Attitudes are the summary assessment a consumer makes about a product or brand or firm. It’s the result of their personal experiences, positive and negative, which endure. Psychologist Daniel Katz described attitudes as being functional in his Functional Theory of Attitudes, meaning that they can explain how consumers arrive at their decision. They can serve:
- Utilitarian Function: how well does this meet needs or solve a problem?
- Value-expressive Function: how well does this reflect my values or how I ant to reflect myself to others?
- Ego-defensive Function: would this negatively affect my image or standing?
- Knowledge-based Function: what criteria were used to arrive at this conclusion?
Thus, two consumers who both have positive attitudes about a particular toothpaste may have arrived at their decisions for different reasons. They may have different motivations. For example, one may believe that the toothpaste is the best at providing whiter teeth and fresh breath. They believe that it does far better than any other product or brand, thus they’re motivated to select the product for its utilitarian function. While the second customer, who also has a favorable attitude about the product, may prefer it because they’re concerned that not using it would expose them to stained teeth and bad breath. Thus, they are motivated to select the product to protect their ego (ego-defensive function).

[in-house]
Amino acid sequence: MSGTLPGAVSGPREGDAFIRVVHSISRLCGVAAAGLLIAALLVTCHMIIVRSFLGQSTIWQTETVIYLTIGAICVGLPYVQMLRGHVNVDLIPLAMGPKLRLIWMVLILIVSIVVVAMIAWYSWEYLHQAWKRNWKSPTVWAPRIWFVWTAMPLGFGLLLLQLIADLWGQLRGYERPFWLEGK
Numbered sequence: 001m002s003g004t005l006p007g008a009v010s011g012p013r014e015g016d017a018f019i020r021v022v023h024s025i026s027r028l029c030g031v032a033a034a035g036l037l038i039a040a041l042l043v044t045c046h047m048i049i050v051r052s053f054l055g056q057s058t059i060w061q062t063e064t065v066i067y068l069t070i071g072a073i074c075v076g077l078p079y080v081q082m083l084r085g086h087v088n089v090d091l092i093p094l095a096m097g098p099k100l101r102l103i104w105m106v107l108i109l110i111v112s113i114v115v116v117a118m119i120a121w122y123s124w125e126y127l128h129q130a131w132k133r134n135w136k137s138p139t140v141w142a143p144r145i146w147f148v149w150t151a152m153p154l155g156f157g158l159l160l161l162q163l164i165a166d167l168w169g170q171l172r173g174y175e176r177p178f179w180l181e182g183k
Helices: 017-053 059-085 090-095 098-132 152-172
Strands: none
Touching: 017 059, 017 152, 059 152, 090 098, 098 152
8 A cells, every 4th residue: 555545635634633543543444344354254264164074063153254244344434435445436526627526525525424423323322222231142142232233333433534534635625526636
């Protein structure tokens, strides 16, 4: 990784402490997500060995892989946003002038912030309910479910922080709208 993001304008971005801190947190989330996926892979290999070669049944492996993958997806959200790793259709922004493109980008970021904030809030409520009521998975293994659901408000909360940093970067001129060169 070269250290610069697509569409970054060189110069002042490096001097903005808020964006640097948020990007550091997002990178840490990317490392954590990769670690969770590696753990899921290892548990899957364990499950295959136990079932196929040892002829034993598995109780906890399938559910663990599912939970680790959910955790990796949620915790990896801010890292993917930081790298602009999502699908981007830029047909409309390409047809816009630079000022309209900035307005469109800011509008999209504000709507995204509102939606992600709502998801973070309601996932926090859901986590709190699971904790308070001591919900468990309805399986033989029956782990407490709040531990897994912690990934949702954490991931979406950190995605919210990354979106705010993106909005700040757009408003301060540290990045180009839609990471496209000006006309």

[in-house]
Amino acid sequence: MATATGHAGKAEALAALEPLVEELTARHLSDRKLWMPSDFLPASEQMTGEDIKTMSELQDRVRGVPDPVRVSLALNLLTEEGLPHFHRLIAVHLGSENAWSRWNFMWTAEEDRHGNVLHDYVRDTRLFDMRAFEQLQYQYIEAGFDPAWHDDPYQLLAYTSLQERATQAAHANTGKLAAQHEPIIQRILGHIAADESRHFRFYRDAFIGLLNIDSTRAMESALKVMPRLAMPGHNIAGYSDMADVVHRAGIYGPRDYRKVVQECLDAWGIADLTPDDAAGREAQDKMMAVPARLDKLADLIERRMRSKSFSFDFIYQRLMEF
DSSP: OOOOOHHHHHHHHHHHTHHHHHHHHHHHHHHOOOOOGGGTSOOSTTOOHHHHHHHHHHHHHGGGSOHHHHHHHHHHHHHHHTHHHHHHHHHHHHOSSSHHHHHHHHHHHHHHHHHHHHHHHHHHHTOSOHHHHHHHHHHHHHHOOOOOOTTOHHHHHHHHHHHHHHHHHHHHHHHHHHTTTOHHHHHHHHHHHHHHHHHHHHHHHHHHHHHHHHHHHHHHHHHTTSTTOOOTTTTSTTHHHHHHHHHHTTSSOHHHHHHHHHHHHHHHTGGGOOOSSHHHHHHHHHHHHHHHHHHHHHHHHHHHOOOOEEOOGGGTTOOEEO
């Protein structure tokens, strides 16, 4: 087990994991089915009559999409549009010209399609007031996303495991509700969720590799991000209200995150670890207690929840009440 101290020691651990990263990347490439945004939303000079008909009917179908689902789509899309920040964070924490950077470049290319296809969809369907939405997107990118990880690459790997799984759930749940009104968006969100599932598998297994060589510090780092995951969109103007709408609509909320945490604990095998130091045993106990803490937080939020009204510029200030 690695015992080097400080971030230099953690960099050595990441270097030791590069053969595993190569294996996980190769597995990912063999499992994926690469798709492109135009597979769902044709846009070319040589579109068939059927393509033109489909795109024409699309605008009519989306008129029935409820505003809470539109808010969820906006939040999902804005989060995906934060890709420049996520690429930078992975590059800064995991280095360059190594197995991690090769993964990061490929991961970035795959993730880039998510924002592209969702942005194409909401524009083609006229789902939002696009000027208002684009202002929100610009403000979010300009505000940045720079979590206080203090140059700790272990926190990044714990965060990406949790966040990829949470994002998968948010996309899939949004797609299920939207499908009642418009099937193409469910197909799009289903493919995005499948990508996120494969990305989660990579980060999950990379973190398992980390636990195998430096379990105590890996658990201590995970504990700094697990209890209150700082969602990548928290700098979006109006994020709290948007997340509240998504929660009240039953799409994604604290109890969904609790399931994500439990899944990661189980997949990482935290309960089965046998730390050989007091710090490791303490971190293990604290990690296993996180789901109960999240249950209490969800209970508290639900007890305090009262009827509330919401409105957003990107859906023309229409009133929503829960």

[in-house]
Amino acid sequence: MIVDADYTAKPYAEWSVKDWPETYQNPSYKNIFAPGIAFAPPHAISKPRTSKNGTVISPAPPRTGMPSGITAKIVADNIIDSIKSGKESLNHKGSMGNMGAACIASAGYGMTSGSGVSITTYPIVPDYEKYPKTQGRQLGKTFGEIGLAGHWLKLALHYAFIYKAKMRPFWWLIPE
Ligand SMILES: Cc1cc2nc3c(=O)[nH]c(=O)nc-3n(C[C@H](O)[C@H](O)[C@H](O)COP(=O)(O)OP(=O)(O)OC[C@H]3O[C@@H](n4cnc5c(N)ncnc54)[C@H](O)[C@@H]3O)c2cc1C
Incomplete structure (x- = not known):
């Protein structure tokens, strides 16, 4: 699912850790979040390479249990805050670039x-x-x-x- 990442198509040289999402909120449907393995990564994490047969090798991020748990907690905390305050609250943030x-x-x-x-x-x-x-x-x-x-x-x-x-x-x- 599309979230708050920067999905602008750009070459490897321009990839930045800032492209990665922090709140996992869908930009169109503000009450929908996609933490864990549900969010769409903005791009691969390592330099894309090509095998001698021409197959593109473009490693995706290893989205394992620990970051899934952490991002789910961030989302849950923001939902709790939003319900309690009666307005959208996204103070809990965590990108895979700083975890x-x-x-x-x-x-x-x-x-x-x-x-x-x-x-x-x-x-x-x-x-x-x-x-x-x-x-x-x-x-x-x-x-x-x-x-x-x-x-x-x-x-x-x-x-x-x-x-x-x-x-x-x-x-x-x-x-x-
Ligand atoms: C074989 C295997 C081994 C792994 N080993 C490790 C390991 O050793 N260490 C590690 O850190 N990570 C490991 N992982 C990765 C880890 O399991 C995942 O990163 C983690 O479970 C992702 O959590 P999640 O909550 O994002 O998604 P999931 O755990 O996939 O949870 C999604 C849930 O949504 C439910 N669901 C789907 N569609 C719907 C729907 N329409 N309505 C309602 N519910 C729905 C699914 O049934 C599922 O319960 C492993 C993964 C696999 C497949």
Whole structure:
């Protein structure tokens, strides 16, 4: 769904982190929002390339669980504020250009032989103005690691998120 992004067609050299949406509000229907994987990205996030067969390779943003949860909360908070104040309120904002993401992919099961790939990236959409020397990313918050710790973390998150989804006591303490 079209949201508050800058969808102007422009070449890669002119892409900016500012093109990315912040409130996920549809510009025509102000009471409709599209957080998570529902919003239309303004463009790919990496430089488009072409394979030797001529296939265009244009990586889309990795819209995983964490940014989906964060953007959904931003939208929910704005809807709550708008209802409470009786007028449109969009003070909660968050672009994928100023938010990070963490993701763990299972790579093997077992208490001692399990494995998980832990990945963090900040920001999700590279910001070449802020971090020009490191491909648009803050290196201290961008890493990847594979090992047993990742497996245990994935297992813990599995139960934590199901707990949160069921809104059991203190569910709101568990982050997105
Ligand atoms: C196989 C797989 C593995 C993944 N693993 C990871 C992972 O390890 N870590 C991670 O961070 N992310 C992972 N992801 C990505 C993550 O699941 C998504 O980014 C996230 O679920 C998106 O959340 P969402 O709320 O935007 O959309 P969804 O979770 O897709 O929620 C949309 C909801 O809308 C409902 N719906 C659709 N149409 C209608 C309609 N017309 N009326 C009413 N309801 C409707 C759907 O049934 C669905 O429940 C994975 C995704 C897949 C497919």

Marketers measure and assess consumer attitudes, using the multi-attribute attitude model, to improve the positioning of products and brands and firms. To begin, the model has three components: attributes, beliefs, and weights.
Attributes are the characteristics of the product or brand or firm. Beliefs reflect how much a consumer believes that the product or brand or firm will deliver the attribute. For instance, if a toothpaste brand advertises that it freshens breath (attribute), a consumer may judge that to be true or untrue or even true on a relative scale compared to other toothpastes (belief). Simply, the manufacturer is making a claim and the consumer is reflecting how much they believe the claim is credible. Weights are the significance of the attribute. So, in the case of our example, consumers could strongly agree (belief) that a toothpaste freshens breath (attribute), but prioritize that lower than brightens teeth or protects teeth from gingivitis (weight). In this case, the multiple attributes (freshens breath, brightens teeth and protects gums from gingivitis) are weighted differently.